Maybe, maybe not. Valve’s Robin Walker told Geoff Keighley that “Half-Life 3 was a terrifyingly daunting prospect,” and that creating Half-Life: Alyx as a VR title helped the team get over the idea of making a sequel. With that in mind, you have to wonder if Valve would make Half-Life: Alyx with a sequel in mind—wouldn’t that team be under similar pressure? Also, if Alyx is a success, would a Half-Life 3 also need to be in VR in order to feel like a true continuation of the series’ trajectory? Could the series ever go back to having Gordon as a silent protagonist?

Whether or not Half-Life: Alyx sets up a continuation of the Half-Life series, the way it’s received will tell us more about what a follow-up could be than any statements coming out of Valve at the moment.

Can Source 2 Revitalize The Mod Scene?

With the release of Half-Life: Alyx, Valve will also let people create new levels with Source 2 and an updated version of Hammer, the engine’s level editor. By making development tools for the original Half-Life easily accessible, Valve opened the door to countless mods. Some of those mods like Counter-Strike and Day of Defeat went on to become official Valve titles, while many others served as the entry point into the games industry for scores of developers.

While plenty of other games enjoy active, thriving mod scenes, few have ever rivaled the vitality and variety of that sprang forth from the tools Valve released alongside Half-Life and Half-Life 2. Select Source 2 tools have made their way to the public via Dota 2 and Valve’s previous VR work, but Half-Life: Alyx will finally let modders start crafting new levels and games. If the tools are a substantial improvement over those of Source, we may even see Source 2 emerge as a viable alternative to industry leading engines like Unity and Unreal.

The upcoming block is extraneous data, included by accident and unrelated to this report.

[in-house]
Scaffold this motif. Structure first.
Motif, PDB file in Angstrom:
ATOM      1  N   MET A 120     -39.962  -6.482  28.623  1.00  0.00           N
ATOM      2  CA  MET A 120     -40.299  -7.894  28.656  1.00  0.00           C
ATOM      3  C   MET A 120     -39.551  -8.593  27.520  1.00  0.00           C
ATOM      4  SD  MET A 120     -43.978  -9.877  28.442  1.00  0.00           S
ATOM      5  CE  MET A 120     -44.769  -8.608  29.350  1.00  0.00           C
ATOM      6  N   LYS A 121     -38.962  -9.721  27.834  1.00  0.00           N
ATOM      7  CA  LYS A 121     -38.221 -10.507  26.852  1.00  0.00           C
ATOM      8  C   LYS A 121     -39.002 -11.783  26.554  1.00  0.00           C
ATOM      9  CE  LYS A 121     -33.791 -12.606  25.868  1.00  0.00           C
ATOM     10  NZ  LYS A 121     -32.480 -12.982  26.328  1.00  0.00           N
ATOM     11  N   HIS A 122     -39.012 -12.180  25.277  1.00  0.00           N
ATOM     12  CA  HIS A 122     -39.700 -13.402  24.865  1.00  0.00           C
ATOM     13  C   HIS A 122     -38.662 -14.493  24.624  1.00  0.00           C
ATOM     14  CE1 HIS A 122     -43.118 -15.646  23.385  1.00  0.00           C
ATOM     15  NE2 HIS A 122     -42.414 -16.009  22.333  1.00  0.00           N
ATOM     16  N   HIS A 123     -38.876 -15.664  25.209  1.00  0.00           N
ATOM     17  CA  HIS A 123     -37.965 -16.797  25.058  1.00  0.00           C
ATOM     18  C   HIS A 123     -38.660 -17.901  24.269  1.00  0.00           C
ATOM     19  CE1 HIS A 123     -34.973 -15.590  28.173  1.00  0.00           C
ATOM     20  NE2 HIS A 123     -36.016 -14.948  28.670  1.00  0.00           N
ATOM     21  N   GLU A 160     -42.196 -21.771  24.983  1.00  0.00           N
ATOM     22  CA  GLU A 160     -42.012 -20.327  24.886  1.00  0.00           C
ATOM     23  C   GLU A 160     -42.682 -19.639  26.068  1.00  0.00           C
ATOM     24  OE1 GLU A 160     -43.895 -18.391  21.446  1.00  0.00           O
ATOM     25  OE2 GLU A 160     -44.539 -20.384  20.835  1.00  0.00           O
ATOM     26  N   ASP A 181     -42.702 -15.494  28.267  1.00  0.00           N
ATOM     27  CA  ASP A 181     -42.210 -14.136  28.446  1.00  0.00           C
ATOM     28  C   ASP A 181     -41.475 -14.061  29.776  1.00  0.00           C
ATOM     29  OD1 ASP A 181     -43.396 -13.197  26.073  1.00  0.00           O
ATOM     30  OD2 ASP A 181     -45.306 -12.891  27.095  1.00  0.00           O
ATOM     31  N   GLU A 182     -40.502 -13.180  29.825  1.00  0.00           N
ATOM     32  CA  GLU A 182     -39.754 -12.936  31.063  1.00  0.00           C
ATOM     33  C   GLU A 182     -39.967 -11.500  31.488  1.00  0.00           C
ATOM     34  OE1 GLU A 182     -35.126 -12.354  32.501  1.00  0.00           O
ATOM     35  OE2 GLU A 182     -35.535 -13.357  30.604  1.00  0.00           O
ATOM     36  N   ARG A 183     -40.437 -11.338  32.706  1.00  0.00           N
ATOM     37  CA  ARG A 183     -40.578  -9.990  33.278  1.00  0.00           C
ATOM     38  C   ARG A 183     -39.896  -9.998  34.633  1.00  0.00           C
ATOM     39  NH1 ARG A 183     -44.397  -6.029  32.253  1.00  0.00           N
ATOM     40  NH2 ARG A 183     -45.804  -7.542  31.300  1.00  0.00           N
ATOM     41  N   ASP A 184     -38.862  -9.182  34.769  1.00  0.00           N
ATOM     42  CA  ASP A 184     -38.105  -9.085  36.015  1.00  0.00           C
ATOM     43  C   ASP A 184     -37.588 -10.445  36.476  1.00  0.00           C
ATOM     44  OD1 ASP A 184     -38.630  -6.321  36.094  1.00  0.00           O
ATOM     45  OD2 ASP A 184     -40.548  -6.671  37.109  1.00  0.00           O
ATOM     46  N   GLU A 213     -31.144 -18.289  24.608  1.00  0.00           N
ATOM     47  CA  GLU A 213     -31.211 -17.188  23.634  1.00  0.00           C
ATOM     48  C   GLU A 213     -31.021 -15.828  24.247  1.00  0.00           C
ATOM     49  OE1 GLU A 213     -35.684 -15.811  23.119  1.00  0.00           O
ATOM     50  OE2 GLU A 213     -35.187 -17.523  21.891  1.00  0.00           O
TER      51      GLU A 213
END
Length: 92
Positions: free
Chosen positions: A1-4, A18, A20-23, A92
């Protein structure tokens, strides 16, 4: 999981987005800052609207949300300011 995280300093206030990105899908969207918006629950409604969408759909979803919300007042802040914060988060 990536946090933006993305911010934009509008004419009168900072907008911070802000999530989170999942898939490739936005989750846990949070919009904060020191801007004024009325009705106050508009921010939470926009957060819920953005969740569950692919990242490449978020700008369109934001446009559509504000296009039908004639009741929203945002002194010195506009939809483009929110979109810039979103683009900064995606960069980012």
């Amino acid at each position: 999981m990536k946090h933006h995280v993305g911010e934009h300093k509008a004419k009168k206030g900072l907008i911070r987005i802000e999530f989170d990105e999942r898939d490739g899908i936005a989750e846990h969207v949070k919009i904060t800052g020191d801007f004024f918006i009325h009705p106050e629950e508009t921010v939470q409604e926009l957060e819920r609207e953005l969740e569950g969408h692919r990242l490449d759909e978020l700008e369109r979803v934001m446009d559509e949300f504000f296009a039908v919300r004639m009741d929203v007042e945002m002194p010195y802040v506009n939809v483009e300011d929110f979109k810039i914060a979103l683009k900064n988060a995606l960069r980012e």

What Can A Killer App For VR Learn From It?

Our friends at Digital Foundry have posed the question: could Half-Life: Alyx be VR’s first true killer app? Let’s assume that it isn’t, either because the gear required to run it is still too expensive compared to standalone VR headsets or because the Half-Life series turns out to be more niche than a mainstream VR jumpstarter needs to be. What, then, could the next killer app contender build on from Half-Life: Alyx’s toolset?

Early in Half-Life: Alyx’s trailer, we see the player lean around a corner while placing their hand on the geometry—perhaps Valve has come up with a novel way to make interacting with the environment feel more real in VR? Maybe the finger tracking features exclusive to Valve’s Index controllers will pave the way for future design innovations. Half-Life: Alyx could be the standard bearer for including multiple locomotion styles in VR.

If Half-Life: Alyx does take the killer app crown upon its release, then the answer to this question is basically “everything.” A more realistic outcome to hope for is that, like the Half-Life games before it, Half-Life: Alyx ends up being the first to really nail ideas that have already been tried in the VR space. Remember, Half-Life 2 wasn’t the very first game with good physics implementation, but it was arguably the most novel and far ahead of Trespasser, the last game to largely sell itself on physics. Half-Life: Alyx already shares “looking at hearts on your body as a health readout” with Trespasser—perhaps it shouldn’t share the burden of overly high expectations.